Marine finfish aquaculture: a new environmental framework

Significant opportunities for the growth of the finfish aquaculture sector in Scotland.

7 May 2019

The Scottish Government, SEPA and industry have identified significant opportunities for the growth of the finfish aquaculture sector in Scotland. This expansion is an express policy objective of the Scottish Government, and was confirmed through the National Marine Plan published in 2015. Nevertheless, whilst there has been some growth in the sector since the plan’s publication, the sector has yet to realise its full potential.

In November last year, SEPA responded with its own draft sector plan for the industry, putting forwards a holistic approach that looks at the industry as a whole, from initial inputs to the products and services created. This looks at the potential environmental footprint in all its facets and mirrors the type of approach to regulation taken in other large-scale industry sectors with significant wider environmental implications. It is however of note that, in respect of many of these industries, the regulatory framework has been specifically designed to encompass such a whole of industry approach. In contrast, as it currently stands, the powers of SEPA are relatively limited and are directed primarily towards managing discharges.

Sector Plan

The Sector Plan sets out a bold ambition whereby SEPA will seek to work both with the industry and with other regulators to drive change and encourage the industry to improve its environmental performance. The strapline SEPA uses is support “beyond compliance”. Its stated aim is to ensure that all operators in the sector reach full compliance and that as many as possible move beyond compliance to even higher standards.  Within the sector as a whole, SEPA seeks to identify the touchpoints at the different stages of the process, including the inputs, operation and ultimate processing of products.  SEPA has also set out what it sees as its role in helping the industry to achieve those wider objectives.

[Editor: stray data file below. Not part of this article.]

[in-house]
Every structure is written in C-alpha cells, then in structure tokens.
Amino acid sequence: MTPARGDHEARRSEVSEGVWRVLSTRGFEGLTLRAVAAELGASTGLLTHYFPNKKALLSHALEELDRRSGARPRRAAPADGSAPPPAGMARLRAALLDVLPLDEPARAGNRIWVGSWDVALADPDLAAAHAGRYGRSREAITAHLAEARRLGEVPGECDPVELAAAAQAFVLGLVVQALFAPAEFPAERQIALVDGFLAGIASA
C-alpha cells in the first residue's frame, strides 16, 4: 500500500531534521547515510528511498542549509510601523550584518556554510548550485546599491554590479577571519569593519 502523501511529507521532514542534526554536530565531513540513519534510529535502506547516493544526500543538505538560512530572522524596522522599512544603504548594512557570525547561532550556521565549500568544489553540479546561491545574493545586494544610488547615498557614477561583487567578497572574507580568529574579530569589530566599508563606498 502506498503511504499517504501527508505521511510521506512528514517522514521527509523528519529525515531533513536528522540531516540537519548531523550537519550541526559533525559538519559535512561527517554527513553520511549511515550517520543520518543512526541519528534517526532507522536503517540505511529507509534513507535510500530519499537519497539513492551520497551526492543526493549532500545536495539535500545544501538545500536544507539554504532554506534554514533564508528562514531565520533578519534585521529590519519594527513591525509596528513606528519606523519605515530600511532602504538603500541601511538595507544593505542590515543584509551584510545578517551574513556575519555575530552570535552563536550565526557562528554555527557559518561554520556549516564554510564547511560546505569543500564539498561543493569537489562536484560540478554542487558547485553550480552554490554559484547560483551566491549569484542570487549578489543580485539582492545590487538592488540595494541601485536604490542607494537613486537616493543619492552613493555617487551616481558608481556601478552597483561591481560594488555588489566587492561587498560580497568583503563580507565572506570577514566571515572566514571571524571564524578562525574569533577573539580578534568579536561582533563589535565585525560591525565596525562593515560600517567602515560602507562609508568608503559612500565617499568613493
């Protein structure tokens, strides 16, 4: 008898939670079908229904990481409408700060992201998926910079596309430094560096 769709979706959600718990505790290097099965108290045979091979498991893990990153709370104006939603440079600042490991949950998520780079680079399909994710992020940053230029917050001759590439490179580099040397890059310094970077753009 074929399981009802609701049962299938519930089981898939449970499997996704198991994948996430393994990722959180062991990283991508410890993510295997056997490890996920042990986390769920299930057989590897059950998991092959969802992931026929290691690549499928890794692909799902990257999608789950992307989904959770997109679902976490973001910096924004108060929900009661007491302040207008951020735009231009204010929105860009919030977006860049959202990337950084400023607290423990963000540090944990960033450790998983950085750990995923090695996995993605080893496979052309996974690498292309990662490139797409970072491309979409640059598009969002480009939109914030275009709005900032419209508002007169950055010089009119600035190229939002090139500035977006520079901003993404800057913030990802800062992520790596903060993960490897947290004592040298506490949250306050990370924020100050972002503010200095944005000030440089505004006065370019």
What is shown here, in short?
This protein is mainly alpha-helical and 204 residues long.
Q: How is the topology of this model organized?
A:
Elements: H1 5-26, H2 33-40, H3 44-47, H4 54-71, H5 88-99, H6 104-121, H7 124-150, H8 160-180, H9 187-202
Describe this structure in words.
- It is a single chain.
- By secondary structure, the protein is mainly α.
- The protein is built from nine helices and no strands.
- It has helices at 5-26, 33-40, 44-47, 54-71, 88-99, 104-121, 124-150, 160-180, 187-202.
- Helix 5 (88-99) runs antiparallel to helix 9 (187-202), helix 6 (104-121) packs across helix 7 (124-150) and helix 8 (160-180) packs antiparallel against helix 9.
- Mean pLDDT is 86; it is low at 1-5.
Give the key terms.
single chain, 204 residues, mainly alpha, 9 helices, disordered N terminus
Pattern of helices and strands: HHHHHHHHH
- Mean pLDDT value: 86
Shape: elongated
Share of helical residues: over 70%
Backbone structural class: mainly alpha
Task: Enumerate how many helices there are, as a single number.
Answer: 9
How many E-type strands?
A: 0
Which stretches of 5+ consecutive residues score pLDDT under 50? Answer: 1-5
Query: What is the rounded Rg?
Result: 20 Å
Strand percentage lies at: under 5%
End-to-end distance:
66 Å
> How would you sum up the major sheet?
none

These can be summarised as follows:

  • matching production to environmental capacity;
  • increase in the capture and beneficial use of waste;
  • minimisation of medicine and chemical releases into the environment;
  • strengthening the evidence base; and
  • seeking a wider influence on the environmental performance of the finfish aquaculture sector.

In defining its role, SEPA recognises that it is only a part of the solution. For instance, in respect of matching production to environmental capacity, it notes that its particular role is as a consultee within the wider planning system, seeking to ensure that new fish farms are located in environments that have the capacity to accommodate the operation. In terms of waste, SEPA believes that technology is a way to capture more waste and thus avoid its release. In relation to medicine, meanwhile, SEPA’s focus is on seeking to ensure that operation and practice strives to minimise the potential need to use medicines, whilst again looking to develop technologies that may be able to capture medicine residues.  Fundamental to all these activities is the strengthening of the evidence base, and SEPA is committed to using this to enhance its knowledge. Finally, SEPA recognises that, given their restricted role, much of what requires to be achieved can only be achieved by co-operating both with the industry and with other regulators.

2019 is likely to be a very important year for finfish aquaculture. The output of the SEPA consultation and the implementation of the Sector Plan will result in important changes in environmental regulation.  Furthermore, it appears that there are issues emerging from the consultation that will also have long-term consequences for the location of new fish farm development and, accordingly, planning policy. Much of this is currently formulated in protective terms looking at other environmental resources.  It is clear that, if SEPA’s concerns are to be addressed, the marine carrying capacity will be an important further consideration which, if positive, should be a very positive factor in fish farm planning decisions. Will the locations with sufficiently strong currents match the locations where the planning system is currently directly new development?  This is just one example of the knock-on consequence of the SEPA approach and how careful consideration will have to be given not only to the approach that SEPA is going to adopt, but also its implications for other regulatory regimes.